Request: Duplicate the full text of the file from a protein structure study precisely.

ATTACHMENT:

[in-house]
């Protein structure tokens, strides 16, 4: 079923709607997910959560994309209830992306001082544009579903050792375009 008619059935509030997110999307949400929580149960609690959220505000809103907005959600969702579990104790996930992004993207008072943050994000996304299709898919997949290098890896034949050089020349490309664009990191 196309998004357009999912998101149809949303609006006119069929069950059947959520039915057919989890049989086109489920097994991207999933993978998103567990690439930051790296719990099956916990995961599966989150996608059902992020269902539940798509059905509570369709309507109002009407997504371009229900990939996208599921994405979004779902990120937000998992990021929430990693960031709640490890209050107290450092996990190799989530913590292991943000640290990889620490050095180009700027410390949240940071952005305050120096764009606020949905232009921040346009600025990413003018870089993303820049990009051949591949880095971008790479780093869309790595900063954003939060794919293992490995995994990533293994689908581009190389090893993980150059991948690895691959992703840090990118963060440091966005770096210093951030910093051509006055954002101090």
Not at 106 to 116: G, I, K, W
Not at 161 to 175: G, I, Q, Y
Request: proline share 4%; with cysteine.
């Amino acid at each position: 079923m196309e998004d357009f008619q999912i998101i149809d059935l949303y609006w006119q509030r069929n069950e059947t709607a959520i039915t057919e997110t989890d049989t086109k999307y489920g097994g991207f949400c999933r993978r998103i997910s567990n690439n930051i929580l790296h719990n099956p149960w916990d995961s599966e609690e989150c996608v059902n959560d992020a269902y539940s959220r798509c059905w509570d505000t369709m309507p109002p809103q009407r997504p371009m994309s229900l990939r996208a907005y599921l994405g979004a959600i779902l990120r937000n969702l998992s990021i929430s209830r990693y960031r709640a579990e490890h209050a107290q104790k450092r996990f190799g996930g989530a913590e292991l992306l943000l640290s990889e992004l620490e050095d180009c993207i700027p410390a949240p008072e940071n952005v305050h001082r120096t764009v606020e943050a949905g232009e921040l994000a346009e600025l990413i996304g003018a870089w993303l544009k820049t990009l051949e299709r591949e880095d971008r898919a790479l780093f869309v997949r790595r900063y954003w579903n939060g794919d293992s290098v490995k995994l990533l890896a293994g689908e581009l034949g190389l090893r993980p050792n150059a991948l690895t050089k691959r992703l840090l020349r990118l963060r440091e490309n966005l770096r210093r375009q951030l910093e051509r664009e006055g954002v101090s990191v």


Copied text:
[in-house]
């Protein structure tokens, strides 16, 4: 079923709607997910959560994309209830992306001082544009579903050792375009 008619059935509030997110999307949400929580149960609690959220505000809103907005959600969702579990104790996930992004993207008072943050994000996304299709898919997949290098890896034949050089020349490309664009990191 196309998004357009999912998101149809949303609006006119069929069950059947959520039915057919989890049989086109489920097994991207999933993978998103567990690439930051790296719990099956916990995961599966989150996608059902992020269902539940798509059905509570369709309507109002009407997504371009229900990939996208599921994405979004779902990120937000998992990021929430990693960031709640490890209050107290450092996990190799989530913590292991943000640290990889620490050095180009700027410390949240940071952005305050120096764009606020949905232009921040346009600025990413003018870089993303820049990009051949591949880095971008790479780093869309790595900063954003939060794919293992490995995994990533293994689908581009190389090893993980150059991948690895691959992703840090990118963060440091966005770096210093951030910093051509006055954002101090």
Not at 106 to 116: G, I, K, W
Not at 161 to 175: G, I, Q, Y
Request: proline share 4%; with cysteine.
């Amino acid at each position: 079923m196309e998004d357009f008619q999912i998101i149809d059935l949303y609006w006119q509030r069929n069950e059947t709607a959520i039915t057919e997110t989890d049989t086109k999307y489920g097994g991207f949400c999933r993978r998103i997910s567990n690439n930051i929580l790296h719990n099956p149960w916990d995961s599966e609690e989150c996608v059902n959560d992020a269902y539940s959220r798509c059905w509570d505000t369709m309507p109002p809103q009407r997504p371009m994309s229900l990939r996208a907005y599921l994405g979004a959600i779902l990120r937000n969702l998992s990021i929430s209830r990693y960031r709640a579990e490890h209050a107290q104790k450092r996990f190799g996930g989530a913590e292991l992306l943000l640290s990889e992004l620490e050095d180009c993207i700027p410390a949240p008072e940071n952005v305050h001082r120096t764009v606020e943050a949905g232009e921040l994000a346009e600025l990413i996304g003018a870089w993303l544009k820049t990009l051949e299709r591949e880095d971008r898919a790479l780093f869309v997949r790595r900063y954003w579903n939060g794919d293992s290098v490995k995994l990533l890896a293994g689908e581009l034949g190389l090893r993980p050792n150059a991948l690895t050089k691959r992703l840090l020349r990118l963060r440091e490309n966005l770096r210093r375009q951030l910093e051509r664009e006055g954002v101090s990191v």